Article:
I hate to crash the party, but I have to say something that you may find hard to read… Not all of the Bond films are great, in fact some of them are terrible. As a critic of cinema there are no more, for me at least, than 14 Bond films that warrant repeat viewing. As a kid, however, I did not think this and loved re-watching all the copies of Bond I had recorded on VHS from ITV. Of all the memories I have of Bond as a youngster, You Only Live Twice stands alone as the film I watched the most and as an adult I can see why; it’s fun, it’s thrilling and for me, it’s the best Bond there is.
When it was first released in 1967, You Only Live Twice was a significant change from the 4 Bond films that had preceded it. For starters, while it kept the same name as Fleming’s book it shied away from the narrative of the novel. You Only Live Twice the novel is a dark tale that follows Bond as he deals with the death of his wife Tracy and the culture shock he experiences when in Japan. The bulk of this narrative could not be covered as we had yet to see the death of Tracy. Therefore, the makers brought in Fleming’s own friend and celebrated novelist Roald Dahl (yes, that one) and asked him to throw a few ideas together and the result is the film I know and love. It should also be noted as the Bond film that has probably been parodied the most over the years; Austin Power’s arch-nemesis Dr. Evil is based on the Blofeld character, first revealed fully in this film.
The plot follows Bond as he travels to Japan to investigate the disappearance of both US and Russian spacecraft. These are disappearances that, if they continue, will plunge the world in to war. As Bond’s investigation progresses, it appears that the disappearances are the work of Blofeld and his SPECTRE organization. This realization eventually leads to a showdown between Bond, Blofeld and numerous extras within Blofeld’s Volcano lair.
From the traditional gun barrel opening onwards, everything about You Only Live Twice screams classic Bond and I guess that’s why I love it so much. The plot may be preposterous, but it’s also a classic espionage tale, with our protagonist trying to avert a megalomaniac’s attempts to plunge the world in to war. It’s fun, exciting and thrilling from start to finish.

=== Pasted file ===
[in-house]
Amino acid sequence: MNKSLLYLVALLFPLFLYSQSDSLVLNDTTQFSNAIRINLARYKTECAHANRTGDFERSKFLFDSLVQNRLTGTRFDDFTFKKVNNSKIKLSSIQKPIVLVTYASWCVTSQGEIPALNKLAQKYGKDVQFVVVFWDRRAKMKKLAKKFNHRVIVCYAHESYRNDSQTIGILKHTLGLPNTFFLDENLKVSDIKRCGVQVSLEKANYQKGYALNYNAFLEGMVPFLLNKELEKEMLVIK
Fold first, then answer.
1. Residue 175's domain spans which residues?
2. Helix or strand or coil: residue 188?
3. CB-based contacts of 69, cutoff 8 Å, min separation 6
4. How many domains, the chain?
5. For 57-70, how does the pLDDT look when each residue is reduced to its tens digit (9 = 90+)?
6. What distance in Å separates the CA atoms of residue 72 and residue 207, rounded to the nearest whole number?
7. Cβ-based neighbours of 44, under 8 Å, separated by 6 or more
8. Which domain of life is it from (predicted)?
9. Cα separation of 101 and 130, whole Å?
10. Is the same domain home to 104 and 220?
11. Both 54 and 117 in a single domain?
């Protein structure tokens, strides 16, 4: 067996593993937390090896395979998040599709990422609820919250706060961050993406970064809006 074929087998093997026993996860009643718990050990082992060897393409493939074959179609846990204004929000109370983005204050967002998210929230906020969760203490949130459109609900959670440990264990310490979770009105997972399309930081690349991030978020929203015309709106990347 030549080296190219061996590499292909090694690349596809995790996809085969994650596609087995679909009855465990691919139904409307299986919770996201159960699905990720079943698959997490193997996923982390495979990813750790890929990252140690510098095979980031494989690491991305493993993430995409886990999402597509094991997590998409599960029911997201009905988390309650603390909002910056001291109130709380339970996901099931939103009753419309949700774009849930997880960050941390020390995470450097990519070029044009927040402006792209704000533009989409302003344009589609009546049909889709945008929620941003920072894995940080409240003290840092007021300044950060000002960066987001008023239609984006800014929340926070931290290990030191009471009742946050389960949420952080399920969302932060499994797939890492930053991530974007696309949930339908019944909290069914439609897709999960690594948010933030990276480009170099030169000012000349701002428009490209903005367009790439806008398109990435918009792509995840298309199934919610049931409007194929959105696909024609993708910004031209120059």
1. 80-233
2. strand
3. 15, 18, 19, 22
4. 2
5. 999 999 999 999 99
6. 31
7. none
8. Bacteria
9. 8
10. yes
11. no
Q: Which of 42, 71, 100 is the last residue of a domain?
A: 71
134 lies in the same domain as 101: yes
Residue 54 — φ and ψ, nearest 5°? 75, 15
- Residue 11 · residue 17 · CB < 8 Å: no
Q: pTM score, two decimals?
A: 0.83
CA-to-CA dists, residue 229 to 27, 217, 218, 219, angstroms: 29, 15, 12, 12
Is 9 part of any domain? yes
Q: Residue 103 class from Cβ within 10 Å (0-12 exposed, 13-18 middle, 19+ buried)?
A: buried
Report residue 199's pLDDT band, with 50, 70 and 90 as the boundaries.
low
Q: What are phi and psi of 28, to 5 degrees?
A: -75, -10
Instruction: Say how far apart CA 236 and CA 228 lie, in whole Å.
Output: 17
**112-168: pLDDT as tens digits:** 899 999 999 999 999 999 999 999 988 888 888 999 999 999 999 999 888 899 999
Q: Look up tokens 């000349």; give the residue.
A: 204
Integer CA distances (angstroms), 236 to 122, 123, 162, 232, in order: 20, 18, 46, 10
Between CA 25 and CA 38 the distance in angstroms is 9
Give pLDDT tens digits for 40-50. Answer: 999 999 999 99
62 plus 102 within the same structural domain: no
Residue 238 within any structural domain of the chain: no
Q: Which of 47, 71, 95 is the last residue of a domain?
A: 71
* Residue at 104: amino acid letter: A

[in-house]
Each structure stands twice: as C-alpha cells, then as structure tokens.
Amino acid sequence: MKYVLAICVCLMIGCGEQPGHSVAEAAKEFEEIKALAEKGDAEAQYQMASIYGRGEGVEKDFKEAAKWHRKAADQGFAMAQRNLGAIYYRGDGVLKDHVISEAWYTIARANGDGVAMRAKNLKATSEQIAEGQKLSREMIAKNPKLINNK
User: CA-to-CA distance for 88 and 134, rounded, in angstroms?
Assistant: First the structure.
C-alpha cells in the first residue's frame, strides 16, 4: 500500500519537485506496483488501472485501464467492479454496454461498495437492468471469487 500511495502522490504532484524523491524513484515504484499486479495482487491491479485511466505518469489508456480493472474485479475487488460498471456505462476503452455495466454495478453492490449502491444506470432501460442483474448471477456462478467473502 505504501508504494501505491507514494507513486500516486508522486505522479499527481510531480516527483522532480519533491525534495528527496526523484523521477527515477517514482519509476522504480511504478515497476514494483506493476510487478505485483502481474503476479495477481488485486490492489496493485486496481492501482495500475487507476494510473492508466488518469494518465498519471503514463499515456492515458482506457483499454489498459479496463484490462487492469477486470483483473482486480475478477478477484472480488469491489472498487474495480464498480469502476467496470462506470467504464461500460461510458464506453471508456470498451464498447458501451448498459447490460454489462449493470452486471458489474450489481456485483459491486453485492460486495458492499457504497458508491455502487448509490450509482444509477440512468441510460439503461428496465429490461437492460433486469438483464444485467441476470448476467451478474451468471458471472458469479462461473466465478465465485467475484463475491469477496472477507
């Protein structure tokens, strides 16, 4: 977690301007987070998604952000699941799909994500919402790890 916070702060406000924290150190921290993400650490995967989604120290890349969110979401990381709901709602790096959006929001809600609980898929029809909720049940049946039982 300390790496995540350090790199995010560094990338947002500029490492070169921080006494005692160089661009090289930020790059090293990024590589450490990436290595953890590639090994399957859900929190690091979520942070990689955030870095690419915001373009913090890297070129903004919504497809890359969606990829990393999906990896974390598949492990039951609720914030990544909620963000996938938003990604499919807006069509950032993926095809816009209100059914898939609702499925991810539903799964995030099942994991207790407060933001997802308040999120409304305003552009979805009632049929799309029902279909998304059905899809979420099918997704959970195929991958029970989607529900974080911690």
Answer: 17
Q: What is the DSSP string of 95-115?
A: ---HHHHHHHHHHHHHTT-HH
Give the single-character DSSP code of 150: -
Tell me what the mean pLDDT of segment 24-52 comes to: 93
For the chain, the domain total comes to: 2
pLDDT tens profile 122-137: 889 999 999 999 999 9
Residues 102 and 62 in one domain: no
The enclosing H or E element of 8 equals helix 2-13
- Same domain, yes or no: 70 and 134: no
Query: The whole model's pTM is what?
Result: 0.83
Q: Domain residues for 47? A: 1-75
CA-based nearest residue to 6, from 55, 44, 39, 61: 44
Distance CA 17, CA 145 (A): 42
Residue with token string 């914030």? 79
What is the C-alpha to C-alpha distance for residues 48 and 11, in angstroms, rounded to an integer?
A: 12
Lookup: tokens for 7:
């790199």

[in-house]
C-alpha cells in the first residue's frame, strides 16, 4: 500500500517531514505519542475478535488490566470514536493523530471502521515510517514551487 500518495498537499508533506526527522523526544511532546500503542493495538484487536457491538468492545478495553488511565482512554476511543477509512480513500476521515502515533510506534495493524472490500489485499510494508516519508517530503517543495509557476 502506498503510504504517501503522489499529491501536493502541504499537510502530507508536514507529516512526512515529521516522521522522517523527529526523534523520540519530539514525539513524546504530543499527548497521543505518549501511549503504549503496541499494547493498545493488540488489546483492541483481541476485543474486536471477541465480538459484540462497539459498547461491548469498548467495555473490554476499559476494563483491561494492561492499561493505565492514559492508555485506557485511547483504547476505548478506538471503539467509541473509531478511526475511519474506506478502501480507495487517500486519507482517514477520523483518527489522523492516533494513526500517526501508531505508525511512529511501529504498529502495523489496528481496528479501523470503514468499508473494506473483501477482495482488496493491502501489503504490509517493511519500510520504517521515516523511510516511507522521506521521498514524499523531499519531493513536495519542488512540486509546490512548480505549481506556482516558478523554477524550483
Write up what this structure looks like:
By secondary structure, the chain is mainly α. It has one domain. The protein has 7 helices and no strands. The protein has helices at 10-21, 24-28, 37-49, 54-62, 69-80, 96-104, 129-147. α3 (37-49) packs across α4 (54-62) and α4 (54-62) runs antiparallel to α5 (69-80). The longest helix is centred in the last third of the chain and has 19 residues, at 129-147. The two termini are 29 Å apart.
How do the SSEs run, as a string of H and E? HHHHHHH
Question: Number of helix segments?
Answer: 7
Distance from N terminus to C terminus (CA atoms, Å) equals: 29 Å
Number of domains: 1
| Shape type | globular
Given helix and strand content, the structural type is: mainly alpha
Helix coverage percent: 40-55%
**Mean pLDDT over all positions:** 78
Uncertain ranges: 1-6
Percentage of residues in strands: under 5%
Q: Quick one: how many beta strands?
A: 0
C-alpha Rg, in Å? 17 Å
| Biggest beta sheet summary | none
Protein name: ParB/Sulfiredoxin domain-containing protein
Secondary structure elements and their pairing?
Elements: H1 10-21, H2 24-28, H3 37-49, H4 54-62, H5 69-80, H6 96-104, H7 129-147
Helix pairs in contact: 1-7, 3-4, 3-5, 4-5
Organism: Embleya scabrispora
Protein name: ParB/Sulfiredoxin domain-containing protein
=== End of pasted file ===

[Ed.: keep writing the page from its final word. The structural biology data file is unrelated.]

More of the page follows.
The film is enhanced by Connery’s superb performance as our favorite British agent. This being the 5th film for Connery to play Bond, he had hit his stride as the character and is a real treasure to watch on the screen. Admittedly, Connery has never been my favorite Bond but he is the classic embodiment of the role, managing to effortlessly balance the serious and silly with great aplomb.
This is also a film blessed with a truly memorable villain to boot. Blofeld had been in previous Bond films, but had only been partially seen. Here we get to see the full Blofeld, if you will, chillingly brought to life by a memorable performance from Donald Pleasence. All other interpretations of the role wither in comparison; Pleasence’s soft vocal tones, icy stare and facial disfigurement make Blofeld a truly memorable villain who has only been matched a handful of times – most recently by Mads Mikkelsen as Le Chiffre in Casino Royale – and who you remember long after the film is over.
As you would expect from Bond, the action in You Only Live Twice is superb and consistently thrilling. Moreover, this film contains some of the standout action sequences of the series. The “Little Nellie” scene is so impressive; it is just as exciting as anything in a modern day actioner. Then there’s the brawl between Bond and Blofeld’s thugs at the Kobe Docks, which is mesmerizing to watch and shows just how well the hand-to-hand combat was choreographed during the Connery era.
Of course it’s a film with flaws; the scenes in which Japanese intelligence try to disguise Bond as a Japanese citizen remains unintentionally hilarious. And the death of Aki minutes later is passed over too quickly for a character that is initially presented as integral to the plot.
However, it all builds up to a sensational finale that is better than anything that precedes it and for me is Bond’s finest hour. Ken Adam’s breath-taking Volcano lair set provides the perfect setting as hundreds of ninjas do battle with Blofeld’s army. It’s a shootout that is nothing less then an action lover’s escapist dream. It’s loud, exciting and lots and lots of fun.
Add to this a great soundtrack, Nancy Sinatra’s title track is Bond’s best in my book, and a script full of twists and turns as well as those trademark Bond one-liners and you have a film that, for me, embodies everything a classic Bond film should be. There are good Bond films… there are great Bond films… and then there’s You Only Live Twice, a film that for me cannot be topped and is the definitive outing of everyone’s favorite secret agent.